There's a concept at work. I see from the band's website you even put together themed shows, with everything tailored to the theme of the night, which certainly goes a bit further than the usual 'turn up and play' approach of most bands.

We don't just turn up and play because we are trying to present what we ourselves would want to see on stage, a spectacle of color, violence, energy... ROCK! If an artist can't make the effort to be more outlandish and other-worldy than their audience, they shouldn't be up on stage.

As far as theatrics, we love costumes and themes and use them to bring an air of imagination to an evening. At the same time, we're not putting on a play so we keep our focus on sharing the songs with audience in our signature rock style.

Hate In The BoxI'm guessing here, but I'd be willing to bet you see yourselves as performers first and rock musicians second - is that fair comment?

We are most definitely performers first. If we have the choice between a masterpiece that only a few people can understand and a childishly simple melody that's impossible to keep from bouncing to, it's pretty obvious which we'd pick.

If someone called up and asked for an Alice In Wonderland meets the Pirate Zombies show, could you do it? What would we see on stage at that one?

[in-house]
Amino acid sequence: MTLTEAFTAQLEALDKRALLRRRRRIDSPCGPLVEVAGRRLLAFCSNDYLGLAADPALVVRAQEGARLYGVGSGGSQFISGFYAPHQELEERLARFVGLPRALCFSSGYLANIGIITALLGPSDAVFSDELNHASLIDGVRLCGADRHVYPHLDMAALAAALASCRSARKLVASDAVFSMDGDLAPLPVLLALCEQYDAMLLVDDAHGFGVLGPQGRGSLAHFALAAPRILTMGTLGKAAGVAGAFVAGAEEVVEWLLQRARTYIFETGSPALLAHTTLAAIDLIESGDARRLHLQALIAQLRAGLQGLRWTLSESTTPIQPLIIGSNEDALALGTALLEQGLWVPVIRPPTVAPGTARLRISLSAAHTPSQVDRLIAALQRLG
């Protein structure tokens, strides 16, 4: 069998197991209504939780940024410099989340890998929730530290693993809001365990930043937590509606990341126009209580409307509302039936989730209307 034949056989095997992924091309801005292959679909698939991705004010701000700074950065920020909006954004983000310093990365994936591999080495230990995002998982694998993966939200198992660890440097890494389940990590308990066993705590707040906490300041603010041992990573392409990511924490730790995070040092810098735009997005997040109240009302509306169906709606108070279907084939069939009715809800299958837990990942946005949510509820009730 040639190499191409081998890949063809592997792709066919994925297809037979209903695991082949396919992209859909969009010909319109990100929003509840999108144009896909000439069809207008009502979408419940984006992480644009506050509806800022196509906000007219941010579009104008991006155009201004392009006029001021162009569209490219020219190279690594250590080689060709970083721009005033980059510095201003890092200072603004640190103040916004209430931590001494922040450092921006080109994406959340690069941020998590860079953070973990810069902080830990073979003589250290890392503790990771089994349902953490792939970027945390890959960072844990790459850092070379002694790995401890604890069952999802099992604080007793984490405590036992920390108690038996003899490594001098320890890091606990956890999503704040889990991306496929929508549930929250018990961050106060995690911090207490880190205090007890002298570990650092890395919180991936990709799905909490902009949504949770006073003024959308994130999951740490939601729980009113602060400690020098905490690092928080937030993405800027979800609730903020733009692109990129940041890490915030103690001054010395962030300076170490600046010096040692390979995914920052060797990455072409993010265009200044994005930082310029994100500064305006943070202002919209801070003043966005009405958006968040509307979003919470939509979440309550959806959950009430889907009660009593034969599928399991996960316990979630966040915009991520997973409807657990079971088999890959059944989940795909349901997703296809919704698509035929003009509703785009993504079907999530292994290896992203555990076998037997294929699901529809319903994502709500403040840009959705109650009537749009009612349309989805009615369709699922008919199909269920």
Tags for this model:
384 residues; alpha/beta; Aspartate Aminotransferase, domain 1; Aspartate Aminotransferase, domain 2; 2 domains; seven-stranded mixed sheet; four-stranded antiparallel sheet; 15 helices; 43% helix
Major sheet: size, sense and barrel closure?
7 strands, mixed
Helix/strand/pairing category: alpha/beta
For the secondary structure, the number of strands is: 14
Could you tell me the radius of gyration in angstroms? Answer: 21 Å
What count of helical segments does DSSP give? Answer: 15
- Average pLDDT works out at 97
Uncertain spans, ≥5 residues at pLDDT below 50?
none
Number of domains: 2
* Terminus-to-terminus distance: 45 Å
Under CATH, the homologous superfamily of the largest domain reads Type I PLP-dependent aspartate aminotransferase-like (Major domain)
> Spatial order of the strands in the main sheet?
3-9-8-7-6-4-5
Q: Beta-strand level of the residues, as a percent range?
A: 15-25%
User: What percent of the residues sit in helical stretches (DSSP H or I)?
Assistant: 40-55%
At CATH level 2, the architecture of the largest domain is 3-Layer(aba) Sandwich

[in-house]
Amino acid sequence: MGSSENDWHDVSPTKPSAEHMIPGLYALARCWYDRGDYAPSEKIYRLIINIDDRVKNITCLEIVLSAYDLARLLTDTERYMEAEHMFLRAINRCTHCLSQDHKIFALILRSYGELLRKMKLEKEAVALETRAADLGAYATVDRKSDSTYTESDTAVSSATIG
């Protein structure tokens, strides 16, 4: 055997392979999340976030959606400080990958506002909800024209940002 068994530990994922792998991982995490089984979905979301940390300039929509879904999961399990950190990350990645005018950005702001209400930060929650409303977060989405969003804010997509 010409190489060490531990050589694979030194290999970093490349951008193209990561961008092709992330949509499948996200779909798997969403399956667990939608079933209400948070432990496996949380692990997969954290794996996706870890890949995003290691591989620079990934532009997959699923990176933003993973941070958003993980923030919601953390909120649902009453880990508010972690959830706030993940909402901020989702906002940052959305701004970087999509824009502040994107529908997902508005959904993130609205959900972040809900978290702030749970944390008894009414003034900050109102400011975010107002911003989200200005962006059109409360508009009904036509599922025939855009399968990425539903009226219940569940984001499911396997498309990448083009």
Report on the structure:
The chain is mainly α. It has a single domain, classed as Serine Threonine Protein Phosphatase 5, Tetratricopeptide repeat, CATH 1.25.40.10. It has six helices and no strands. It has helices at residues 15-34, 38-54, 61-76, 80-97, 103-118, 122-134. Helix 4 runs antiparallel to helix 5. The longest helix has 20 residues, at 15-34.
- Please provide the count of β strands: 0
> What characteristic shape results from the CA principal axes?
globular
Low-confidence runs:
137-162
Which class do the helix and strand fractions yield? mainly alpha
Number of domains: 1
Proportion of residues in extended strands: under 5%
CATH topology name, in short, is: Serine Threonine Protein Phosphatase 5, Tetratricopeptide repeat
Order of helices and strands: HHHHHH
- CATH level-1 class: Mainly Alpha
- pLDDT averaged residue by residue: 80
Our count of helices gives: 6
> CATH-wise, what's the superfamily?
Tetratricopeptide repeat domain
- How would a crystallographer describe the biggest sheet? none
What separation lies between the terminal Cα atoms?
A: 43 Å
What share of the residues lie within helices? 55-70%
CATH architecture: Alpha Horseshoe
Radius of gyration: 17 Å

Since we have done ALL of those themes we could definitely pull it off! What would we see - besides the possibility of Alice fighting zombies with gang of pirate bunnies at her side on stage? Since we have the best fans of any band we've ever met, we can easily imagine a crowd of fuzzy bunny cuties mixing it up with zombies and perhaps some hooligans from the Isle of Arrrrrgyle!

But here comes a paradox. I've got your two CD releases in front of me at the moment, and they've both got bizarre and cool cover designs (in the case of the new album, 'Under The Ice', it's so cool it's frozen). But the one thing I don't see is a photo of the band. That's a bit of a contradiction, isn't it? You're a very visual band, you've created a striking image, and there are plenty of band photos on the web, so it's not like you're camera shy. But on the CDs themselves - none. So...why no band photo?

I think part of it is that the album making process is so arduous that in the final phases we've often ended up with one or two less musicians then we started with! The exception is our very first album Broken Toys (now out of print and only available as a digital release on our website) which did feature a band photo. When it comes to album art I like the idea of being drawn into the world and the stories the artist has created, something that matches the very personal and sometimes fanciful themes that weave themselves throughout the songs.